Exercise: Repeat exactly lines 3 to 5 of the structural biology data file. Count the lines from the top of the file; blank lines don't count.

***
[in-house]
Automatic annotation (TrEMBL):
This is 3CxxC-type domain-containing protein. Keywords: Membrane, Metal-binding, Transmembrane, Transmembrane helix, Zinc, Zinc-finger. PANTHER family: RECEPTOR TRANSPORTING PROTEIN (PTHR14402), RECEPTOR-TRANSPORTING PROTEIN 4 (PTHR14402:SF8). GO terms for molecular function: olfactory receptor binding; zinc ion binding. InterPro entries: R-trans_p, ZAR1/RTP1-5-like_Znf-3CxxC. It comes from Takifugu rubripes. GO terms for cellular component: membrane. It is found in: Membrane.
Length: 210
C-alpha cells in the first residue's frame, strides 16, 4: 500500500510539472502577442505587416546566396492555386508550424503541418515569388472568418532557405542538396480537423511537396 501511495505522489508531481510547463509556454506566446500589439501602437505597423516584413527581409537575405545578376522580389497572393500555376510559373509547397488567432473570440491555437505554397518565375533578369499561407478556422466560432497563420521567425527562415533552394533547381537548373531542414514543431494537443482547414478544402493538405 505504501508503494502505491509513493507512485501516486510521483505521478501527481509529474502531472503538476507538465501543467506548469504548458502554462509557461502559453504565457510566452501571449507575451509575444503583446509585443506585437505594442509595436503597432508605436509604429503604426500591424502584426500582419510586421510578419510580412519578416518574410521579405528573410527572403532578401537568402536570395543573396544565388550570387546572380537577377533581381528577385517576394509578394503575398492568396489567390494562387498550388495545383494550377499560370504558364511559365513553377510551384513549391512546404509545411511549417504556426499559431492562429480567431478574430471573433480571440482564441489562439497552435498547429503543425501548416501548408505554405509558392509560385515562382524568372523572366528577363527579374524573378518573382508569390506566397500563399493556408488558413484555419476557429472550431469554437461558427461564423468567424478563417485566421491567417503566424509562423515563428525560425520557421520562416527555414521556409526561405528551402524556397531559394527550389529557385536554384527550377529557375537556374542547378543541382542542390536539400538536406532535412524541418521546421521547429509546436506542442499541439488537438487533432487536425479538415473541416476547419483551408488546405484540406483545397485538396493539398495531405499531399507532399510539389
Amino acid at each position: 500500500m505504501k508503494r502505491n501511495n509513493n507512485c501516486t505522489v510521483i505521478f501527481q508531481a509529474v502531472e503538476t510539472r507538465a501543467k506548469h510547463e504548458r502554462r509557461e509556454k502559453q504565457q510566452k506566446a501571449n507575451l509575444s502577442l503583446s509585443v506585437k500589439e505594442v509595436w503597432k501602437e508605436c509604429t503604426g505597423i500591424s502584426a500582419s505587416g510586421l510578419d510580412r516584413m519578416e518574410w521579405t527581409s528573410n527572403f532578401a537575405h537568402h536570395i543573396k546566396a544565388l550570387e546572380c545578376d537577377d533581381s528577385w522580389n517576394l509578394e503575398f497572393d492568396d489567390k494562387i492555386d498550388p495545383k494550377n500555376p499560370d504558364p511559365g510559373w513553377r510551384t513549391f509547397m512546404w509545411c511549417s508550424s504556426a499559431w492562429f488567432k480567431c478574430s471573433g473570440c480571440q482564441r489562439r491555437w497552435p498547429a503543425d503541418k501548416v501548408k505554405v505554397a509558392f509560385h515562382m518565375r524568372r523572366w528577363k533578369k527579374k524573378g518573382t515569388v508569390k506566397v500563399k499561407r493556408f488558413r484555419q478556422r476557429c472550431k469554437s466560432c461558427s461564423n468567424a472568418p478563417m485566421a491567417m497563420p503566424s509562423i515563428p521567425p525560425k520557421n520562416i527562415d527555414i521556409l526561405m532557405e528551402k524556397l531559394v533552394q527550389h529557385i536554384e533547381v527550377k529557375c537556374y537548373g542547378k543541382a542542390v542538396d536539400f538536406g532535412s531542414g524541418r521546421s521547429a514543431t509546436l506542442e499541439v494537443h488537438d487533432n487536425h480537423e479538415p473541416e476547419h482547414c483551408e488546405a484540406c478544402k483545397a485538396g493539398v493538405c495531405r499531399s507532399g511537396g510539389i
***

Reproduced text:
This is 3CxxC-type domain-containing protein. Keywords: Membrane, Metal-binding, Transmembrane, Transmembrane helix, Zinc, Zinc-finger. PANTHER family: RECEPTOR TRANSPORTING PROTEIN (PTHR14402), RECEPTOR-TRANSPORTING PROTEIN 4 (PTHR14402:SF8). GO terms for molecular function: olfactory receptor binding; zinc ion binding. InterPro entries: R-trans_p, ZAR1/RTP1-5-like_Znf-3CxxC. It comes from Takifugu rubripes. GO terms for cellular component: membrane. It is found in: Membrane.
Length: 210
C-alpha cells in the first residue's frame, strides 16, 4: 500500500510539472502577442505587416546566396492555386508550424503541418515569388472568418532557405542538396480537423511537396 501511495505522489508531481510547463509556454506566446500589439501602437505597423516584413527581409537575405545578376522580389497572393500555376510559373509547397488567432473570440491555437505554397518565375533578369499561407478556422466560432497563420521567425527562415533552394533547381537548373531542414514543431494537443482547414478544402493538405 505504501508503494502505491509513493507512485501516486510521483505521478501527481509529474502531472503538476507538465501543467506548469504548458502554462509557461502559453504565457510566452501571449507575451509575444503583446509585443506585437505594442509595436503597432508605436509604429503604426500591424502584426500582419510586421510578419510580412519578416518574410521579405528573410527572403532578401537568402536570395543573396544565388550570387546572380537577377533581381528577385517576394509578394503575398492568396489567390494562387498550388495545383494550377499560370504558364511559365513553377510551384513549391512546404509545411511549417504556426499559431492562429480567431478574430471573433480571440482564441489562439497552435498547429503543425501548416501548408505554405509558392509560385515562382524568372523572366528577363527579374524573378518573382508569390506566397500563399493556408488558413484555419476557429472550431469554437461558427461564423468567424478563417485566421491567417503566424509562423515563428525560425520557421520562416527555414521556409526561405528551402524556397531559394527550389529557385536554384527550377529557375537556374542547378543541382542542390536539400538536406532535412524541418521546421521547429509546436506542442499541439488537438487533432487536425479538415473541416476547419483551408488546405484540406483545397485538396493539398495531405499531399507532399510539389